Humanistic qualities of Frankenstein’s creature

Mary Shelley’s novel, Frankenstein, contradicts ideas of monsters that we have imagined, such as monsters show or feel no emotion except for anger and the stereotypical idea that monsters are bad regardless of how they are inside and out. Frankenstein’s creature fits the description many would picture a monster with, “His yellow skin scarcely covered … Read more

The nature of Frankenstein’s creature

Frankenstein’s creature made first appearance in chapter 5. It was described by Victor Frankenstein sarcastically as “Beautiful! Great God!” (p68). The use of exclamation and “God” could indicate how wrong Frankenstein feels to describe the creature as “beautiful”. The exclamation exaggerates his thoughts and also gives the reader a sense of wrongness in using the … Read more

Frankenstein miscellaneous topics

Frankenstein Lit Circle #2 As the plot unfolds, we start to get more information about the monster. Does he have more than one mental function and how do they build him as a monster? Does his mental functions help him with individuation when he enters the wilderness? The monster starts off with the mental function … Read more

Frankenstein book report (miscellaneous Q & As)

Shelley uses imagery relating to your senses to describes the creature’s awakening. Shelley compares this awakening to a baby who was just born. “A strange multiplicity of sensations seized me, and I saw, felt, heard, and smelt, at the same time…”(Shelley 90), this quote means that the monster just experienced the all the new senses. … Read more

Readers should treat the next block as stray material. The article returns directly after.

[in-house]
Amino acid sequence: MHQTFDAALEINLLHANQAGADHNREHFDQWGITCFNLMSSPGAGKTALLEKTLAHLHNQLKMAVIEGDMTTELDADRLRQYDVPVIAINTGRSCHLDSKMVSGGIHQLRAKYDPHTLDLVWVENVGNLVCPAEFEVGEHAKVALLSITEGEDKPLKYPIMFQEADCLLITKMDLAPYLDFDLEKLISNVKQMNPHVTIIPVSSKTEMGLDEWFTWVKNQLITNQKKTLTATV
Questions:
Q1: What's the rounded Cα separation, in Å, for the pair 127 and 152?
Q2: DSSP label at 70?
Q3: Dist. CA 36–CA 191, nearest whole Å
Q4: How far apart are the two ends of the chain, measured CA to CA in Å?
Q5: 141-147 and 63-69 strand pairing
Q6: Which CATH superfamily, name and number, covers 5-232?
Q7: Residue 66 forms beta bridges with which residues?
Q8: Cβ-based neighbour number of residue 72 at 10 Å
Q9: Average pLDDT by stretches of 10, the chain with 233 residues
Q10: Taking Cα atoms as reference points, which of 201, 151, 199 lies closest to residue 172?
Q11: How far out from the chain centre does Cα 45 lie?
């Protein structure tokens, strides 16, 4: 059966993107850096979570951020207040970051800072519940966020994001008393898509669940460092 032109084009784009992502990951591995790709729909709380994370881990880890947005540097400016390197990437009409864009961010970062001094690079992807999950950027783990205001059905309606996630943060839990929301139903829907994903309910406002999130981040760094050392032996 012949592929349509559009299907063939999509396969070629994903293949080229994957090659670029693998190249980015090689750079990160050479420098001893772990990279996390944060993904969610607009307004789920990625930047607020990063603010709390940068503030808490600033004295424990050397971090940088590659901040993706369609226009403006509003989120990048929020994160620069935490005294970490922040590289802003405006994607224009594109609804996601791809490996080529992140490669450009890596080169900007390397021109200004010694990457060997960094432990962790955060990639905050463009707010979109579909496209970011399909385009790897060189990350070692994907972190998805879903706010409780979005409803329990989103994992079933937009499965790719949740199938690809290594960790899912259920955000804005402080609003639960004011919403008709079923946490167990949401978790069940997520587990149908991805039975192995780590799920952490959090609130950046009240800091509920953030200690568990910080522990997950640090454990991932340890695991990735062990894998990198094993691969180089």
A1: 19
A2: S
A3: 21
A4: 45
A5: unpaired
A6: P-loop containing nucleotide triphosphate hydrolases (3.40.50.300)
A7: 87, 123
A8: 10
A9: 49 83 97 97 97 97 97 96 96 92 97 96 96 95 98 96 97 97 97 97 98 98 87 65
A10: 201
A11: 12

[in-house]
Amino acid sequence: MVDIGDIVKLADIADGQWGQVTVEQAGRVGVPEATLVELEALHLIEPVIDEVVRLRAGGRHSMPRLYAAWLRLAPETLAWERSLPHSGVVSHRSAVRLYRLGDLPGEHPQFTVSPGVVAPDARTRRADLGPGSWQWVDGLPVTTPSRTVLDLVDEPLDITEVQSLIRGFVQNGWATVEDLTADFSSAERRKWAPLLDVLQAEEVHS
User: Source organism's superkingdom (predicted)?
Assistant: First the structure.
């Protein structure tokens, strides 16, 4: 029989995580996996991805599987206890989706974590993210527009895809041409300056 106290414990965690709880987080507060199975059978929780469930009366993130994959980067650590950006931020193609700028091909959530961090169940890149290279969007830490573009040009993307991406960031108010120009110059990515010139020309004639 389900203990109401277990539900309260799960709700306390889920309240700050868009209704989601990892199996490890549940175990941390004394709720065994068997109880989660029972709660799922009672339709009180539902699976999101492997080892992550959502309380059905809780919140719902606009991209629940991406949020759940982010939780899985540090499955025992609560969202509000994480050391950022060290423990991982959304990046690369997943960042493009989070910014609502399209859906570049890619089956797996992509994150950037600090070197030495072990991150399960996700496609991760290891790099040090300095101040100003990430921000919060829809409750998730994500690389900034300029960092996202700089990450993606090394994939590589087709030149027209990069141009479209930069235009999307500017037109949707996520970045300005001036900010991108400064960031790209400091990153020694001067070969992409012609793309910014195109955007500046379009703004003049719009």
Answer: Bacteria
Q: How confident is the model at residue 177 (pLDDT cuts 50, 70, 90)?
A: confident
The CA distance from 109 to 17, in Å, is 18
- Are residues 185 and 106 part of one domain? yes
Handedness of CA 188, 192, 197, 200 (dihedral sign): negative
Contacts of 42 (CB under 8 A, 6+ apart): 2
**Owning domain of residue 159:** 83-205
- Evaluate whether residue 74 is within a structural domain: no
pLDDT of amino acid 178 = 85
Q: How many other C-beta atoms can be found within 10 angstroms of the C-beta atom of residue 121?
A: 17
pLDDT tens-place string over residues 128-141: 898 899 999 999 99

Angela Carter’s, ‘The Bloody Chamber’ and Mary Shelley’s, ‘Frankenstein’

Angela Carter’s, ‘The Bloody Chamber’ and Mary Shelley’s, ‘Frankenstein’, both challenge this ideal of ‘the perfect woman’ existing in the passive case. Through the medium of fairytale, Carter’s inversion and subversion of women being, ‘defined in the passive case’ generates agreement and rebuttal in line with the critical interpretation. Similarly, Shelley’s trauma of losing her … Read more

Frankenstein and Never Let Me Go

Shelley and Ishiguro present monstrosity as an accentuated premise in Frankenstein and Never Let Me Go with the characters acting as mouthpieces for society’s ills. The authors were writing with an overwhelming backdrop of scientific discovery; Frankenstein coinciding with the Industrial Revolution, which was a threat to the contemporary fundamentalism of the Church, and Never … Read more

Mary Shelley’s Frankenstein – reversing the role of monster and human

The term monster is often used to describe someone who has no compassion or genuine desire for love. Mary Shelley presents this idea through her novel Frankenstein. Mary Shelley shows how alienation can create a monster and the use of dangerous knowledge can be a result of this idea. In Mary Shelley’s 1818 Frankenstein, the … Read more